This repair is something of a no-brainer... the boat came (standard) with a thru-hull fitting for the sink drain, with a gate valve. This is the kind of valve that you'll find on your garden faucet -- you need to crank it about 10 turns to close it complete, and you can't tell by looking at it whether it's open or closed.
Well, that's what's wrong with it outside of the marine environment. Worse yet, these valves can hold a small amount of water during the winter, causing them to freeze and split. When the boat is launched in the springtime, the tiny leak can be enough to sink the boat. Suffice to say that the valve is history, and is being replaced by a ball valve.
What I'm still confused about, though... I have a new bronze thru-hull fitting. But this one still looks OK. Would you remove this thru-hull? [January 2000]
Update [April 2000]: I did decide to replace and re-bed this thru-hull. As it turns out, there was not much sealant on the outside. I bedded it with Sikaflex 291, and also installed a large high-density plastic backing plate to spread the load.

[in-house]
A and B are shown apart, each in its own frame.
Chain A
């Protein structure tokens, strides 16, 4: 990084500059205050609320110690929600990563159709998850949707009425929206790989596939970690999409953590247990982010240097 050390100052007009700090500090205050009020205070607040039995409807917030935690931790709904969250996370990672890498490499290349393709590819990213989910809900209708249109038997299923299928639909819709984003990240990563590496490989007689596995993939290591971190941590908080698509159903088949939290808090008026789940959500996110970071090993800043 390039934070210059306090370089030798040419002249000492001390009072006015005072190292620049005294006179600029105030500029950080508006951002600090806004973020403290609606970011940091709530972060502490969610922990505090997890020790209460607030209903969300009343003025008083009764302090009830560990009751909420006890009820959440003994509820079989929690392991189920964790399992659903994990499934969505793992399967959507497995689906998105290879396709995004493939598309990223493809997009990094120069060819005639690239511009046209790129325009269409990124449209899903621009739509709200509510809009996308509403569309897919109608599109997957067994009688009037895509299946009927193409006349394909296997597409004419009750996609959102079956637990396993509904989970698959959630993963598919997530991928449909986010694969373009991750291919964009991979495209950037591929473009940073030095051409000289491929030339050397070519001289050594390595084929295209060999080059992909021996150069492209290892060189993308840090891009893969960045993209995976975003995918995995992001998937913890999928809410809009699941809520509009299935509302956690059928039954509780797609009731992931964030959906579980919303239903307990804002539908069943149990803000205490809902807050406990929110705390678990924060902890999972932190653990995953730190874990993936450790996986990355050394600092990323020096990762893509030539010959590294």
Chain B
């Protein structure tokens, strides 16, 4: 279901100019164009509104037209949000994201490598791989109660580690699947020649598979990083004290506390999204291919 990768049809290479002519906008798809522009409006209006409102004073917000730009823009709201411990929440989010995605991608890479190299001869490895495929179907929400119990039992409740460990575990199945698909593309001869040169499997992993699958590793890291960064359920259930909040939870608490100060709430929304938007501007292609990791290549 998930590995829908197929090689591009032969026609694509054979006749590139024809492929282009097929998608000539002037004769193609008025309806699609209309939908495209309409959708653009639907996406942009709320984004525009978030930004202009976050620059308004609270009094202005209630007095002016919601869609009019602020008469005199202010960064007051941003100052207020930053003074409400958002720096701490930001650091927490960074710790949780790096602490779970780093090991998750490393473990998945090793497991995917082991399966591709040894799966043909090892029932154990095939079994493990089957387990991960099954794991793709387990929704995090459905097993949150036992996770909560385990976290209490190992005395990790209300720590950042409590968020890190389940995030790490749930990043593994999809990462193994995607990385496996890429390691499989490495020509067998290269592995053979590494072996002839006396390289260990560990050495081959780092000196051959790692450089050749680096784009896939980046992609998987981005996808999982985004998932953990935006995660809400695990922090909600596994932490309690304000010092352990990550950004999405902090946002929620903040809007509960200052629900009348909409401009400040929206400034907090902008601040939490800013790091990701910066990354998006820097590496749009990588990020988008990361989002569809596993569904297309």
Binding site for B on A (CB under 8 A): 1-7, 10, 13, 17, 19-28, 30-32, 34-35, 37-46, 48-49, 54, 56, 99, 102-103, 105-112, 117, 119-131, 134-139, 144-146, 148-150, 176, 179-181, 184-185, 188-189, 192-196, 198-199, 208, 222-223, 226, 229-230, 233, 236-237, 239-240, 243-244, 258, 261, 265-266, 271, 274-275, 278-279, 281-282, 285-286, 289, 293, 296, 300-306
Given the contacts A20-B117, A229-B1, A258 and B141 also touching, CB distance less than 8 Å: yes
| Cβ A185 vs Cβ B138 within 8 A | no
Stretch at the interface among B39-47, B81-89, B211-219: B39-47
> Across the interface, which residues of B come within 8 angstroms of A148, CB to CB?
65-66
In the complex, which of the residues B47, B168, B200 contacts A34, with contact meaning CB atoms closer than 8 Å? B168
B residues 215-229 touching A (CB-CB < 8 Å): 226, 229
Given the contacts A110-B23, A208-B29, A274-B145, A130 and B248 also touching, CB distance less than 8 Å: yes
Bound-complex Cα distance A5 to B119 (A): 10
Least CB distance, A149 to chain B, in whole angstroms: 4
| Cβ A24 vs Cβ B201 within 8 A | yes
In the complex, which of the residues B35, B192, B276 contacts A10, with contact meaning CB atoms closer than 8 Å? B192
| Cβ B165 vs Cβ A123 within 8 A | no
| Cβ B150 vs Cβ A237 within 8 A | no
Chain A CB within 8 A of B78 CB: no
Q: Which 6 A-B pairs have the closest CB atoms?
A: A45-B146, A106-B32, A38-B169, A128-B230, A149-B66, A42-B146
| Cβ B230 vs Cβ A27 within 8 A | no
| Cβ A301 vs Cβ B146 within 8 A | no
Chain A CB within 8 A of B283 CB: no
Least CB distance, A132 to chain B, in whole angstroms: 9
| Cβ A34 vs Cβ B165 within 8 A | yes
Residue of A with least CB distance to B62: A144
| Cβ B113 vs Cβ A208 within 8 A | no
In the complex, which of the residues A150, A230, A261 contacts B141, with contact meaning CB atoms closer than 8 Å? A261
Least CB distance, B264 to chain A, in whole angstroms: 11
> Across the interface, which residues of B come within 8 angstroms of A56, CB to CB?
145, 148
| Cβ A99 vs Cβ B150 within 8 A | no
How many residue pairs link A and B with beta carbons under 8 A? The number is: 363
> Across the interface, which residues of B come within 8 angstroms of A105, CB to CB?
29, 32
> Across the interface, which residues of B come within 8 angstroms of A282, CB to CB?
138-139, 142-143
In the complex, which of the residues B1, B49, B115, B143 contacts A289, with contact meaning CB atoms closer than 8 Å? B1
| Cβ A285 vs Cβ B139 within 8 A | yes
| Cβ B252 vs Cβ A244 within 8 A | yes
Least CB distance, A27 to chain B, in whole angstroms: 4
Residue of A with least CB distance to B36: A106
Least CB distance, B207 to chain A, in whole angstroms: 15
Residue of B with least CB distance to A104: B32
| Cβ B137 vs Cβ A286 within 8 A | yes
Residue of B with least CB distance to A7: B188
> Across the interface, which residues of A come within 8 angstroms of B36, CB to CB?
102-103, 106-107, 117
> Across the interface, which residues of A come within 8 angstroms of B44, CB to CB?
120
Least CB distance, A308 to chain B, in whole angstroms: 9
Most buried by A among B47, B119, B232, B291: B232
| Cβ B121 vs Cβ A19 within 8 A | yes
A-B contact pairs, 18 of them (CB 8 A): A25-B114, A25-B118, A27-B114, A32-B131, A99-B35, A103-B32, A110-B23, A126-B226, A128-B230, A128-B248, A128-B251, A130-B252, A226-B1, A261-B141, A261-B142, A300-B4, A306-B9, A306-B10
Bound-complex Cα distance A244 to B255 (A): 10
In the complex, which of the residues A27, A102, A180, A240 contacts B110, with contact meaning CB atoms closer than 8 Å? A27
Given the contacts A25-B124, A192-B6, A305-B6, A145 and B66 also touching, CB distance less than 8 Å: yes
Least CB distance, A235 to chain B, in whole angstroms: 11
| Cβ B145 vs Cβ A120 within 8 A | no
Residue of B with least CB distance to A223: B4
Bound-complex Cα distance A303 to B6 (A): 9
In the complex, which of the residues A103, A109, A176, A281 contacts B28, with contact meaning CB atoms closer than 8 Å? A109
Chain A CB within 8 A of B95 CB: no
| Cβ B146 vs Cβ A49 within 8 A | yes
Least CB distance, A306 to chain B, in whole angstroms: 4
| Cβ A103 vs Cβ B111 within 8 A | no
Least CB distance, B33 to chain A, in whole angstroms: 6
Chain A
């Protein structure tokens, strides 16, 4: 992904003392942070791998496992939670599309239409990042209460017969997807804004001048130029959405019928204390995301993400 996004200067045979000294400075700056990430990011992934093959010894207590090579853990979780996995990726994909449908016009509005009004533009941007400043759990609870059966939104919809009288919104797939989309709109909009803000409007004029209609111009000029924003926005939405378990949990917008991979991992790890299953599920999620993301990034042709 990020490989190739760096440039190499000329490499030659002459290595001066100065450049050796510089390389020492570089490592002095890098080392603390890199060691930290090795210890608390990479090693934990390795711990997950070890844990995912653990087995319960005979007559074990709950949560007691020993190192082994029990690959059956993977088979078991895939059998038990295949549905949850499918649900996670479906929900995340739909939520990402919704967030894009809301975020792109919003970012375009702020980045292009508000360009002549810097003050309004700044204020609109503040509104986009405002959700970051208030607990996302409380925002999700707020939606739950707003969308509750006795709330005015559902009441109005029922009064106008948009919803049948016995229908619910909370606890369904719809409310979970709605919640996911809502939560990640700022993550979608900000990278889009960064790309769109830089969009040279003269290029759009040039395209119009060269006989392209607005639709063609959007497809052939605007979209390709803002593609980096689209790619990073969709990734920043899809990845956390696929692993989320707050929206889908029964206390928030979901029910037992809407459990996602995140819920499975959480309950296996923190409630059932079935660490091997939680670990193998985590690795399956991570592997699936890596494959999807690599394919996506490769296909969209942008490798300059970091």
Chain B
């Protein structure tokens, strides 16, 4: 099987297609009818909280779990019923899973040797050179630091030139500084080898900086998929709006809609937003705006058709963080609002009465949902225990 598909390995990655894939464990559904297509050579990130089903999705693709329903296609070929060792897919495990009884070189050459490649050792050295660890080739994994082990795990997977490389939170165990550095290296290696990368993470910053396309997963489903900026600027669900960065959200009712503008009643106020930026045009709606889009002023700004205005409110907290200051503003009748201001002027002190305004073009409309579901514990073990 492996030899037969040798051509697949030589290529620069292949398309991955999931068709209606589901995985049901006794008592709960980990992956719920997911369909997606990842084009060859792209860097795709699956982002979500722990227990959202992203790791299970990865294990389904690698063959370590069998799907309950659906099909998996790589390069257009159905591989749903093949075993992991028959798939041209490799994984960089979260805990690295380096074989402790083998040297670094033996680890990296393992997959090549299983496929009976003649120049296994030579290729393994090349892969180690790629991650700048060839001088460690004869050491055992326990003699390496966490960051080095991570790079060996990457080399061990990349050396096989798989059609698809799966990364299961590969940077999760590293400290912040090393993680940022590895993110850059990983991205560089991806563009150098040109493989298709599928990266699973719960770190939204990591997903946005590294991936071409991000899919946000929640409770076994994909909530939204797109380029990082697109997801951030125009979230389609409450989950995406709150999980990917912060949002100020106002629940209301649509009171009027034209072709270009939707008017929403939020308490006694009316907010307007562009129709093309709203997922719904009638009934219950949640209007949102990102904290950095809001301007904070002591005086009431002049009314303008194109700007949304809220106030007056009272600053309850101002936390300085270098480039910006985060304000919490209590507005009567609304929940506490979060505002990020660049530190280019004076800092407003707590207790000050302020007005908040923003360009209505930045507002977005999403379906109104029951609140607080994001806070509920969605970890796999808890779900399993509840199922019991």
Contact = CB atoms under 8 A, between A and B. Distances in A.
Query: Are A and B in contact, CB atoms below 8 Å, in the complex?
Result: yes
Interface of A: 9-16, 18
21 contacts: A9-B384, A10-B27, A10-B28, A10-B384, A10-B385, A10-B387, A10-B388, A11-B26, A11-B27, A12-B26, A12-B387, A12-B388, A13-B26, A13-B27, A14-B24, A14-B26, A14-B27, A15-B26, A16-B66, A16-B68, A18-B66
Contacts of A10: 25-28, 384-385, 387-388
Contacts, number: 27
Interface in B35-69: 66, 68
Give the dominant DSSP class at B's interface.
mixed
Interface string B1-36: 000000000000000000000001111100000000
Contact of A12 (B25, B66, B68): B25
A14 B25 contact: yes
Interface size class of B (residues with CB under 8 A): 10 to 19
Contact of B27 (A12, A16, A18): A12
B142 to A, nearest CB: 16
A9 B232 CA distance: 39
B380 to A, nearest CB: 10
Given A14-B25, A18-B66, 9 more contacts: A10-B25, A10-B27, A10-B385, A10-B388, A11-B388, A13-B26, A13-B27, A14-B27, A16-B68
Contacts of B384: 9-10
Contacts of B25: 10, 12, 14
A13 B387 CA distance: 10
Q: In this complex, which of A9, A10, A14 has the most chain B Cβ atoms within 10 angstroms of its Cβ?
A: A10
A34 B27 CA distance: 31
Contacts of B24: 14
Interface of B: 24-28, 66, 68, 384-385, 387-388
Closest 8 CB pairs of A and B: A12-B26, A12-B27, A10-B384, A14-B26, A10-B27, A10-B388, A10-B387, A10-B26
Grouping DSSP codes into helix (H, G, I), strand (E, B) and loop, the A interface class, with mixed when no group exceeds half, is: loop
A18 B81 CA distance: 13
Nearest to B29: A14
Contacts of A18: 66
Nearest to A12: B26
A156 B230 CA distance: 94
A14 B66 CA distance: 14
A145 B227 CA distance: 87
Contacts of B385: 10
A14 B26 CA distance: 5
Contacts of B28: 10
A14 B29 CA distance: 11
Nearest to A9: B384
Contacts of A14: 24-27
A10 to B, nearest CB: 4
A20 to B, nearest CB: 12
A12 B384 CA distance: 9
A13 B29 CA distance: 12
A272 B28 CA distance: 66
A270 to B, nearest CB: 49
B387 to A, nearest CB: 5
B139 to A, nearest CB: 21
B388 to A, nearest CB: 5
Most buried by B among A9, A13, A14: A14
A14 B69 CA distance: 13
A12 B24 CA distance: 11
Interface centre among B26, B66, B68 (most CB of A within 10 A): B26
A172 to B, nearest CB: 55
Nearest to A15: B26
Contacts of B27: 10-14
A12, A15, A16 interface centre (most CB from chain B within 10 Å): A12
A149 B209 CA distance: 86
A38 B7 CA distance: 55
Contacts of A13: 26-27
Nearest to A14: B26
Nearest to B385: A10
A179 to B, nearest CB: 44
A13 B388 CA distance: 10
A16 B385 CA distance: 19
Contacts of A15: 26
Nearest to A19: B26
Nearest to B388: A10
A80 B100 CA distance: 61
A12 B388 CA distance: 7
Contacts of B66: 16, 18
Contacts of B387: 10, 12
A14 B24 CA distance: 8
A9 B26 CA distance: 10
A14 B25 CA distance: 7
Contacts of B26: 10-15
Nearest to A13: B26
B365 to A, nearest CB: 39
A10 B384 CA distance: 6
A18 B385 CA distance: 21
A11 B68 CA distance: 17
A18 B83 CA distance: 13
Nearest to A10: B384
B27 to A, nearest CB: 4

One item that I have decided to re-bed is the speed transducer. I haven't had a chance to remove it yet, but this combination of silicone and plexiglass just doesn't fill me with confidence about its watertightness. [January 2000]
Update [April 2000]: This is the SR Mariner paddlewheel, re-bedded with a new high-density plastic backing plate. It was bedded with Sikaflex 291, as above with the sink thru-hull.

New Instruments + Thru-Hulls

In January 2001, I purchased a new Raytheon ST40 Bidata instrument. This unit requires two thru-hulls. One provides depth readings; the other provides speed and water temperature.
I re-used one hole from the old paddlewheel. The hole was slightly oversize for the new transducer, so I installed the depth transducer in that hole.
I drilled a new hole the correct size, opposite the original hole, and installed the paddlewheel in that hole. These are bedded with 3M 5200 (regular, slow-cure).
Also, you will notice that the paddlewheel inspection port is 8" in diameter. This is to improve access to the transducer for inspection and removal. This access is less critical for the depth transducer.
© 2018 Melissa Goudeseune